- Additional Plants: mulch
- Pest Management: biological control
A standard curve was developed to compare cellulase enzyme activity in a cellulase product with activity in two-year-old mulch samples from Fraser fir production sites, where mulches are being evaluated for suppression of Phytophthora root rot. Cellulase activity in the commercial product was sufficient to impact pathogen growth and reproduction at concentrations similar to those in mulch samples, indicating that cellulase activity in mulches is sufficient to suppress Phytophthora cinnamomi. Cellulase activity in mulch could be increased by adding known cellulytic fungi, but no additional suppression was achieved beyond that provided by a wood chip and dairy compost mulch alone.
The purpose of this project is to elucidate the role of cellulases produced in organic mulches implemented for biological control of Phytophthora root rot (PRR). Cellulose-rich mulches have been used successfully in Australia and California to reduce PRR, caused primarily by P. cinnamomi, in avocado orchards; similar systems are under evaluation for PRR suppression in North Carolina Fraser fir farms. Previous research has found that suppression of PRR with mulches is associated with microbial activity in the mulch, and it has been postulated that cellulases produced by mulch-inhabiting organisms degrade the cellulosic component of Phytophthora cell walls. Downer et al. (2001) determined that cellulase and laminarinase enzyme activities were elevated in mulch relative to underlying soil, and that enzyme activities were positively correlated with microbial activity and fungal counts but negatively correlated with Phytophthora recovery. They also found that addition of 10-25 U/ml cellulase to Phytophthora cultures in soil extract impaired spore development (zoospores and chlamydospores), and concentrations greater than 25 U/ml disrupted mycelium. Due to differences in units between the two studies, it is not possible to determine whether the cellulase levels in the mulch would be sufficient to achieve the effects observed in the in vitro assays. Soil assays for cellulase activity measure the mass of “glucose equivalents” released per unit mass of sample per unit time, while purified enzyme concentrations are expressed as enzyme units (U), where one unit is the amount of enzyme that catalyzes the conversion of one micromole of substrate per minute, under defined conditions. The mass of cellulose is unknown for any given soil or mulch sample, as are the relative quantities and molecular weights of each sugar released in the hydrolysis. Therefore, data from in vivo studies cannot be translated for comparison with in vitro assays. While prior research has provided support for the microbial cellulase model of suppression in mulch, more work is needed to interpret the existing research and determine the effects of cellulase on Phytophthora propagules at concentrations achieved from mulch applications.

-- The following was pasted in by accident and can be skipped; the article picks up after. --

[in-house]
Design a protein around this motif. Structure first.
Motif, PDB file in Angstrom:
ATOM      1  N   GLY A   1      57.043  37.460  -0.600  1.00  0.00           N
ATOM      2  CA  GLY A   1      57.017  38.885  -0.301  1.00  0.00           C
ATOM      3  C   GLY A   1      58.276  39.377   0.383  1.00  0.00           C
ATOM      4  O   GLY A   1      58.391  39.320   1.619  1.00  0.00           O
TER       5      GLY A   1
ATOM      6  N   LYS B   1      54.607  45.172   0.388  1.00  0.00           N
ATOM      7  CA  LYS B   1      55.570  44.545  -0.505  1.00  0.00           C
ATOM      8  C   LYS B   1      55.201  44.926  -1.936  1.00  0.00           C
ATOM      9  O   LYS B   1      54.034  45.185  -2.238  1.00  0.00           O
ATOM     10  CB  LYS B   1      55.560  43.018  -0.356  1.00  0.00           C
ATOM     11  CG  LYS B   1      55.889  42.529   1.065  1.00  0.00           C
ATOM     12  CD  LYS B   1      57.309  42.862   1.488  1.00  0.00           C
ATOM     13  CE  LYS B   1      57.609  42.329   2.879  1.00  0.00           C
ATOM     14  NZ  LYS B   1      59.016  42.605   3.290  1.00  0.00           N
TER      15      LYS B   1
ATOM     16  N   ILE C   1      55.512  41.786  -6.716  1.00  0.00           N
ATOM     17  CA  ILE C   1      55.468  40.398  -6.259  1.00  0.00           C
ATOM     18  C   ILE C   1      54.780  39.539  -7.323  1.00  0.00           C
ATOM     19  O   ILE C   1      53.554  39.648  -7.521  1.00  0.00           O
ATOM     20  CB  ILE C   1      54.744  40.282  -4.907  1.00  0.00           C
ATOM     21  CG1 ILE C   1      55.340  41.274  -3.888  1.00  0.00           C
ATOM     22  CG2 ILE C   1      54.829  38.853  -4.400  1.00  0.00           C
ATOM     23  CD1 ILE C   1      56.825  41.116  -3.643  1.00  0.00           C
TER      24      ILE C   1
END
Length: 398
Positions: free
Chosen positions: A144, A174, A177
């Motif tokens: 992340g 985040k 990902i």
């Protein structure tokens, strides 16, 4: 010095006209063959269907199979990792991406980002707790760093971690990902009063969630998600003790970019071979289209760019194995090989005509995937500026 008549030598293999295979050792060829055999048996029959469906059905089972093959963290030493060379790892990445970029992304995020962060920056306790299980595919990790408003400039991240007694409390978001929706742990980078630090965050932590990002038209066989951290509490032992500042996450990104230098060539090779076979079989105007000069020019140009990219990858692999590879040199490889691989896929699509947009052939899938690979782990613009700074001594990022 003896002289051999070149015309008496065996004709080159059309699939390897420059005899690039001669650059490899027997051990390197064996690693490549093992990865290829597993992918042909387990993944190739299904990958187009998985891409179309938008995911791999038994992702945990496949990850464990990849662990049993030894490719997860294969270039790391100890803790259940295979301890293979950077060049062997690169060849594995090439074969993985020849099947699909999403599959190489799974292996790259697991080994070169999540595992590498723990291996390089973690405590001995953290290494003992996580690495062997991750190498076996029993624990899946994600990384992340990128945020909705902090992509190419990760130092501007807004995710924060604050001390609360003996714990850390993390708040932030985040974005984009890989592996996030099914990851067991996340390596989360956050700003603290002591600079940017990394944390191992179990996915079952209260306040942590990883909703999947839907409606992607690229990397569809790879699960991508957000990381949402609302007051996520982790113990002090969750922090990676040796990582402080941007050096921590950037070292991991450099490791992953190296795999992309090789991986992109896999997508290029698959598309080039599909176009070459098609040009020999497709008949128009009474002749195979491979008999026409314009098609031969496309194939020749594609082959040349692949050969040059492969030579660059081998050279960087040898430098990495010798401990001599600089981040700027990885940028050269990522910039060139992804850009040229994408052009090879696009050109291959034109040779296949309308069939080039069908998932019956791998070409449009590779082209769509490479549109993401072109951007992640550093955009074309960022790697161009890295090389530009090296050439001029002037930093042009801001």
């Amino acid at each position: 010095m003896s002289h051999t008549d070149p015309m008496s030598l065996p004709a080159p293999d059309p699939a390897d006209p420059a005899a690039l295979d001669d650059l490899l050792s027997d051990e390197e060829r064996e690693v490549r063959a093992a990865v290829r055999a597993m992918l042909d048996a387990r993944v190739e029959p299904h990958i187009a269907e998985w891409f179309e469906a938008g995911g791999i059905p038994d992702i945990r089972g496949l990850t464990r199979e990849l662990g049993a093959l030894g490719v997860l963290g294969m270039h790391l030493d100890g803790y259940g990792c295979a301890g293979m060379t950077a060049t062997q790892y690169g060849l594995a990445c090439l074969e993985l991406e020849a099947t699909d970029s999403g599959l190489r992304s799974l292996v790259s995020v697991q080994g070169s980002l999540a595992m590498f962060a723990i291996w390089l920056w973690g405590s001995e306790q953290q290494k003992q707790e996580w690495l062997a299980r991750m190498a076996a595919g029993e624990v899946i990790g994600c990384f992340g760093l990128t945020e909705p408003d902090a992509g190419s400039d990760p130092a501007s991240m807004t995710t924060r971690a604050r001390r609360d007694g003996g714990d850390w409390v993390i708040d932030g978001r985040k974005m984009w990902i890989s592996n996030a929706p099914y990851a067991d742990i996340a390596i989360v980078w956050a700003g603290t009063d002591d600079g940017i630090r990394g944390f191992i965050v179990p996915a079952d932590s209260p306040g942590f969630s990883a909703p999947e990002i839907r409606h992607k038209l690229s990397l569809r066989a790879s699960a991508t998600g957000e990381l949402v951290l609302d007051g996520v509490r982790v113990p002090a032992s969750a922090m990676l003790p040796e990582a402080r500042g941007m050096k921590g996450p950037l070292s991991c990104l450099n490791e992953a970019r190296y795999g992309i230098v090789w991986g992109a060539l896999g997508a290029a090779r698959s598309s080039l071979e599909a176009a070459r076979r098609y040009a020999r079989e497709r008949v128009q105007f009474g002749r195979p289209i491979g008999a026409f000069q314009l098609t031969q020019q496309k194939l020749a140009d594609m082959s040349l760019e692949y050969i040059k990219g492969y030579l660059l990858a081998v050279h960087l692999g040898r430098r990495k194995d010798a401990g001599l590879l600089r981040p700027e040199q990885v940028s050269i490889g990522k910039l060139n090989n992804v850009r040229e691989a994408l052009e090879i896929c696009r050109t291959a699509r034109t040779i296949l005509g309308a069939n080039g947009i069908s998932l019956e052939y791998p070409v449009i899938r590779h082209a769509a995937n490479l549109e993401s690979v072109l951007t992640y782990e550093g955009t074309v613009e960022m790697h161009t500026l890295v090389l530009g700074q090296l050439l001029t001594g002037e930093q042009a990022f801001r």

Resolving the role of cellulases and their activity levels expected to be suppressive will provide the basis for improving mulch-based cultural systems. If disease suppression can be related to a threshold level of cellulase activity, mulch formulations and cellulolytic microbes utilized in these systems could be optimized to achieve target cellulase activity levels. Further, tracking of cellulase levels in mulch over time could be used to determine optimal mulch age, and re-application times and rates. Improved mulch systems offer a locally-available, sustainable and affordable means of managing PRR in a variety of crops, allowing continued productivity of land infested by soilborne Phytophthora spp.
Project objectives:div style="margin-left:1em;">
The objectives of this research are to:
(1) Establish levels of cellulase enzyme products (Units/ml) in vitro which yield enzyme activities (µmol Glucose Equivalents/g·h) similar to those achieved in organic field mulches, and determine the impact of cellulase levels on P. cinnamomi;
(2) Ascertain the effects of exogenously applied cellulases on density of viable Phytophthora propagules in soil;
(3) Track the duration of cellulase activity associated with exogenous cellulase applications; and
(4) Determine the effects of several known cellulytic fungi, added to mulch as potential biocontrol agents, on both cellulase activity and disease progress.